Very lucky there was no loss of life, and also lucky that the part of the building containing Ford motor records was the only part of the building saved.
Post Number: 1291
|Posted on Friday, November 10, 2006 - 12:20 pm: || |
Our family was driving from Chicago to Detroit that weekend, I remember hearing about it on WJR. I think I asked my dad to drive by the Rotunda to find out if it was really true.
Post Number: 1292
|Posted on Friday, November 10, 2006 - 12:27 pm: || |
Post Number: 729
|Posted on Friday, November 10, 2006 - 12:59 pm: || |
Livernoisyard-- You're quick to blame the laborers, but how do you know that they weren't simply following the instructions of a foreman, and if they had objected they would have been reprimanded or fired? I don't know all the facts, you don't, and you shouldn't judge when you don't know all the facts.
Post Number: 492
|Posted on Friday, November 10, 2006 - 1:08 pm: || |
Another article from here:
TODAY IN FORD HISTORY -- APRIL 7
The Ford Rotunda was the centerpiece of the 1933 Chicago world fair.
April 7, 1952: Ford to Re-Open Rotunda Showcase
On April 7, 1952, Ford Motor Company announced plans to mark its 50th anniversary by restoring a local landmark to its pre-war role as an automotive showcase. The Ford Rotunda, converted to office space in 1942, would be refurbished as a showcase for current and future cars, with new murals, dioramas, animated displays and movies to portray advances in Ford products and global technology. The towering gear-shaped structure first served as Ford’s showcase and the virtual centerpiece at the 1933 Chicago world’s fair. It was dismantled and rebuilt in 1936 at Ford’s Dearborn, Mich., headquarters, where it drew an estimated million visitors a year. Reopened June 18, 1953, the Rotunda flourished as Ford’s showcase hospitality center and a global icon for Detroit and the auto industry until it was destroyed by an accidental fire in 1962.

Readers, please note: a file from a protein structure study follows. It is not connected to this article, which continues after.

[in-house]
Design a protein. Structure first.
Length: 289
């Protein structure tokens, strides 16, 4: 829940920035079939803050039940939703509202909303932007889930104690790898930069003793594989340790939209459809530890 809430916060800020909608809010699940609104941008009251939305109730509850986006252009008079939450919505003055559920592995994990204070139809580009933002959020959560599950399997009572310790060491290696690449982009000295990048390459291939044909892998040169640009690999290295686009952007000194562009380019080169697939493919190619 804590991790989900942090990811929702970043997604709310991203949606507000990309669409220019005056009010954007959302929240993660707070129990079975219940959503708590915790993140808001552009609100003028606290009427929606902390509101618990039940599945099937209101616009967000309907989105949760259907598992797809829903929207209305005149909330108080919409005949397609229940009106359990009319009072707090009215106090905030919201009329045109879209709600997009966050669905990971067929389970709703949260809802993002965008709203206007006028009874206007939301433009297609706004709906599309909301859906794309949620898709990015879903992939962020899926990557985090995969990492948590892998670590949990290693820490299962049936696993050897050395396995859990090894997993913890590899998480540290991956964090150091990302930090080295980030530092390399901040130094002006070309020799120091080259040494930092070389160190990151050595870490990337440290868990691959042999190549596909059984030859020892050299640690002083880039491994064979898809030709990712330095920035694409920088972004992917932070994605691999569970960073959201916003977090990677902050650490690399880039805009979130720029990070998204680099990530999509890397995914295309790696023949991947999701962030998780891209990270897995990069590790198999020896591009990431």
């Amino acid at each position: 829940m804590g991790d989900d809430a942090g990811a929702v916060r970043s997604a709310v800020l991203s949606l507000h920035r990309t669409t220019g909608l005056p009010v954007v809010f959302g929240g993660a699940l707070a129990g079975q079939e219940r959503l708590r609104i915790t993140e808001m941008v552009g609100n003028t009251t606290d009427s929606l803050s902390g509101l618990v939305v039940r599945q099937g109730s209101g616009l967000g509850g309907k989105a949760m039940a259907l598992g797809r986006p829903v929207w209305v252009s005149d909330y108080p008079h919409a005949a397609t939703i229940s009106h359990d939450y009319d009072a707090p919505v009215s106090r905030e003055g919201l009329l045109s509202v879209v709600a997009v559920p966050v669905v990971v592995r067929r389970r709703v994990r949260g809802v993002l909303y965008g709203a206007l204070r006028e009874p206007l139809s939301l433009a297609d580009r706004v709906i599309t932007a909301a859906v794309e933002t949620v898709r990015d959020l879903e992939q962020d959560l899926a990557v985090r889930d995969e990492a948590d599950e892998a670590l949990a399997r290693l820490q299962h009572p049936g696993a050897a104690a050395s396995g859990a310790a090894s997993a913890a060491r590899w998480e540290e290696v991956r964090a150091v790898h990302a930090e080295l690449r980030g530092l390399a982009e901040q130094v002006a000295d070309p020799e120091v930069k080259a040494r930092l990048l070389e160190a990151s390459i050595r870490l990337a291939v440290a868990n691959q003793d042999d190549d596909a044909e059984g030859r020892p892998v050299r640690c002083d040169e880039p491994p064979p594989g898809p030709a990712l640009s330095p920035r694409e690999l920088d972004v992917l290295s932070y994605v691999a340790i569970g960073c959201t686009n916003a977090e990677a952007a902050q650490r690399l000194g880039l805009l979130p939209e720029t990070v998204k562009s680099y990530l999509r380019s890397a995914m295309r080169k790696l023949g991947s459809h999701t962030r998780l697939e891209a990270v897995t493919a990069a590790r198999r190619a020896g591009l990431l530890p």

On April 7, 1952, Ford Motor Company announced plans to reopen a national automotive landmark in time to celebrate the company’s 50th anniversary in 1953.
From 1936 to 1942, the towering, gear-shaped, limestone Ford Rotunda had hosted million of visitors to the company’s Dearborn, Mich., headquarters before its conversion to office use in World War II. Earlier, as the visual centerpiece of the 1933 Chicago World’s Fair, it had drawn tens of thousands to its displays of Ford milestones and transportation history.
Dismantled after the fair and rebuilt in Dearborn as a permanent structure, the Rotunda was a hollow cylinder 110 feet high and 212 feet in diameter. Its roof was the first commercial application of Buckminster Fuller’s geodesic dome.
Before its 1953 reopening, the Rotunda’s exhibits—dioramas, movies, animated displays and a 20 by 600 foot photographic mural—were updated to portray the historic post-war changes in Ford products and global technology. With world traveler Lowell Thomas hosting the ceremonial reopening the night of June 18, 1953, a radioactive wand was used to turn on the Rotunda’s 9,000 signature floodlights and 50 large birthday candles circling its rim.
A local landmark and global icon for Detroit and the auto industry, the Rotunda flourished in its role as Ford’s showcase and hospitality center until Nov. 9, 1962. As staffers unpacked holiday decorations for the Rotunda’s annual Christmas Fantasy, workers above began to waterproof the roof with a spray of hot tar
A propane heater apparently ignited flammable vapors and the flames spread quickly as workers inside and out scrambled to safety. No one was hurt but firemen could do little amid dark billowing smoke, as the steel structure twisted like pretzels and huge blocks of limestone tumbled inward, reducing the unique and stately landmark to a heap of burning rubble.
Post Number: 493
|Posted on Friday, November 10, 2006 - 1:33 pm: || |
Post Number: 1711
|Posted on Friday, November 10, 2006 - 3:49 pm: || |
"You're quick to blame the laborers, but how do you know that they weren't simply following the instructions of a foreman, and if they had objected they would have been reprimanded or fired?"